Slow Food, a global movement of local traditions

Slow Food, a global movement of local traditions


 Back in 1986, when Carlo Petrini took to the streets in protest of the opening of a fast food restaurant near one of the historic highlights of Rome, never did he imagine the movement that would take shape in the wake of his protest.

Three years later, representatives from 15 countries met in Paris to sign the charter of the Slow Food movement. Today, some 25 years after it all started, Slow Food is global organisation with supporters in 150 countries around the globe.

Carlo Petrini’s motivation was to reinvigorate an interest in local produce, regional cuisine and tradition in general. At the same time, it was a response to fast food, which was gaining popularity fast across Europe. Over the years, the movement’s intention has remained true to its past: a believe that everyone has a fundamental right to the pleasure of good food and consequently the responsibility to protect the heritage of food, tradition and culture that makes this pleasure possible.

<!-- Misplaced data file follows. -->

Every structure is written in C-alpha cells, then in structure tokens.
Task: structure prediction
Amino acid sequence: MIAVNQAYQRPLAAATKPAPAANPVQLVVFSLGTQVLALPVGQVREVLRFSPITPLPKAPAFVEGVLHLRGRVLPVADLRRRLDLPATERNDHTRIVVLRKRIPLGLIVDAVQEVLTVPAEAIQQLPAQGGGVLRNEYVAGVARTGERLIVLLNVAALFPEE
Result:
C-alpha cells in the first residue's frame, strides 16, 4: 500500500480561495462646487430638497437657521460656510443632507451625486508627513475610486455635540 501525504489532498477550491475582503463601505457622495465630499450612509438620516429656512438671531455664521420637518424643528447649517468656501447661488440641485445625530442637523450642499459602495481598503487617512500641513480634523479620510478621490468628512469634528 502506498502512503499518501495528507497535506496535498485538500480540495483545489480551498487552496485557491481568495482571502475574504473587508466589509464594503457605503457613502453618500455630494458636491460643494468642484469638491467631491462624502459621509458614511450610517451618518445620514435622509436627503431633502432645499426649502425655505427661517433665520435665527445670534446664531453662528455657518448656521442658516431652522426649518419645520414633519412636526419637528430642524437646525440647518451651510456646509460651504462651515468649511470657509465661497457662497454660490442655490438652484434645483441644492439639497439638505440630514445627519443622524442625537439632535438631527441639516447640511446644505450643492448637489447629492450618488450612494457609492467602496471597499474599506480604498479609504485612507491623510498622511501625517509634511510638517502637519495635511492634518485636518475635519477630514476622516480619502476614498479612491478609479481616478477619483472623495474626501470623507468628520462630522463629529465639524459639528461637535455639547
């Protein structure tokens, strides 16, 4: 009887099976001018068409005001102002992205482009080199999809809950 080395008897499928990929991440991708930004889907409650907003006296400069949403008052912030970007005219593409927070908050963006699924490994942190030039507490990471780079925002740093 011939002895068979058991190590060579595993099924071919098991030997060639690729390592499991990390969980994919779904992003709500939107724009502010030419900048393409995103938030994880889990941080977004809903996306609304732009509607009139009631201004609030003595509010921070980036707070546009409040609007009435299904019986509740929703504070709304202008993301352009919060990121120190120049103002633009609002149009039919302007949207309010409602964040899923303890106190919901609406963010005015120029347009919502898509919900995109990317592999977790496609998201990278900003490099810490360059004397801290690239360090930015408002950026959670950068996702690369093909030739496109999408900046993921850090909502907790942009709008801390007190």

But in the end, Slow Food is at the centre of something much larger. The movement’s founding principles also apply to wide range of other trends that we notice today, from the rising popularity of locally grown produce and farmers’ markets to bio food and even urban farming. These all link back to three interconnected principles that are at the heart of Slow Food: good, clean and fair. Good for a fresh and flavoursome seasonal diet that satisfies the senses and is part of our local culture; clean for food production and consumption that does not harm the environment, animal welfare or our health; and fair for accessible prices for consumers and fair conditions and pay for small-scale producers.